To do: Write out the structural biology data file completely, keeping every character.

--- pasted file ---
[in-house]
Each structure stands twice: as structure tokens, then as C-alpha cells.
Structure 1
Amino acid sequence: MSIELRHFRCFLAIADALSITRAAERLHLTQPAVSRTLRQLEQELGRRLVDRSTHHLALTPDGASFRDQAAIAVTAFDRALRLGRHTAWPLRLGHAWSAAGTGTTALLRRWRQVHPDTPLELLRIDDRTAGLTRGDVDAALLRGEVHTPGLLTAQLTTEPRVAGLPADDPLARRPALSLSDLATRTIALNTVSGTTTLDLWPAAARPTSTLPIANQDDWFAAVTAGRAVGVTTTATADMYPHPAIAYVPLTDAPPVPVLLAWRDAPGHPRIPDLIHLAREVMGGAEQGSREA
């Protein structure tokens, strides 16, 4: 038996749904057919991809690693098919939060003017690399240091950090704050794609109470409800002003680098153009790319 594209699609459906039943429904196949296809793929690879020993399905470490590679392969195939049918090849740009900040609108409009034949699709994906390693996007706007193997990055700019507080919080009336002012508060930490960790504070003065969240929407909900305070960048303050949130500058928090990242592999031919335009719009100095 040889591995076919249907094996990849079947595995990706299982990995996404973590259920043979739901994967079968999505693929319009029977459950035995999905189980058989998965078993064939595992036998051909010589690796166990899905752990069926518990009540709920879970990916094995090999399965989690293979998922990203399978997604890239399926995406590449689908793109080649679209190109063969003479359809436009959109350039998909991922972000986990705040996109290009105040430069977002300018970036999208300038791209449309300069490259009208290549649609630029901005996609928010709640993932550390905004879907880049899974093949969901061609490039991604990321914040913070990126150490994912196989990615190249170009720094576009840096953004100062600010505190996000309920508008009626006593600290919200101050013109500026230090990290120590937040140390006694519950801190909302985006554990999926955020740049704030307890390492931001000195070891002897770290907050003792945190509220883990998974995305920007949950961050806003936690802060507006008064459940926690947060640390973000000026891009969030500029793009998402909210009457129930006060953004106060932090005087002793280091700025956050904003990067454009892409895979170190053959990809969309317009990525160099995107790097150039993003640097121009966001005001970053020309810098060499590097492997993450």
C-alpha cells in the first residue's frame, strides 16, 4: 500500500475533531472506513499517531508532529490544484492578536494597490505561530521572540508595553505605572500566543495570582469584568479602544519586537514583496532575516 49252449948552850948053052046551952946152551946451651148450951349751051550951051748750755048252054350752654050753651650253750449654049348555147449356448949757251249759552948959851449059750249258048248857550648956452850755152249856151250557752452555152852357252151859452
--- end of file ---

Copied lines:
[in-house]
Each structure stands twice: as structure tokens, then as C-alpha cells.
Structure 1
Amino acid sequence: MSIELRHFRCFLAIADALSITRAAERLHLTQPAVSRTLRQLEQELGRRLVDRSTHHLALTPDGASFRDQAAIAVTAFDRALRLGRHTAWPLRLGHAWSAAGTGTTALLRRWRQVHPDTPLELLRIDDRTAGLTRGDVDAALLRGEVHTPGLLTAQLTTEPRVAGLPADDPLARRPALSLSDLATRTIALNTVSGTTTLDLWPAAARPTSTLPIANQDDWFAAVTAGRAVGVTTTATADMYPHPAIAYVPLTDAPPVPVLLAWRDAPGHPRIPDLIHLAREVMGGAEQGSREA
């Protein structure tokens, strides 16, 4: 038996749904057919991809690693098919939060003017690399240091950090704050794609109470409800002003680098153009790319 594209699609459906039943429904196949296809793929690879020993399905470490590679392969195939049918090849740009900040609108409009034949699709994906390693996007706007193997990055700019507080919080009336002012508060930490960790504070003065969240929407909900305070960048303050949130500058928090990242592999031919335009719009100095 040889591995076919249907094996990849079947595995990706299982990995996404973590259920043979739901994967079968999505693929319009029977459950035995999905189980058989998965078993064939595992036998051909010589690796166990899905752990069926518990009540709920879970990916094995090999399965989690293979998922990203399978997604890239399926995406590449689908793109080649679209190109063969003479359809436009959109350039998909991922972000986990705040996109290009105040430069977002300018970036999208300038791209449309300069490259009208290549649609630029901005996609928010709640993932550390905004879907880049899974093949969901061609490039991604990321914040913070990126150490994912196989990615190249170009720094576009840096953004100062600010505190996000309920508008009626006593600290919200101050013109500026230090990290120590937040140390006694519950801190909302985006554990999926955020740049704030307890390492931001000195070891002897770290907050003792945190509220883990998974995305920007949950961050806003936690802060507006008064459940926690947060640390973000000026891009969030500029793009998402909210009457129930006060953004106060932090005087002793280091700025956050904003990067454009892409895979170190053959990809969309317009990525160099995107790097150039993003640097121009966001005001970053020309810098060499590097492997993450």
C-alpha cells in the first residue's frame, strides 16, 4: 500500500475533531472506513499517531508532529490544484492578536494597490505561530521572540508595553505605572500566543495570582469584568479602544519586537514583496532575516 49252449948552850948053052046551952946152551946451651148450951349751051550951051748750755048252054350752654050753651650253750449654049348555147449356448949757251249759552948959851449059750249258048248857550648956452850755152249856151250557752452555152852357252151859452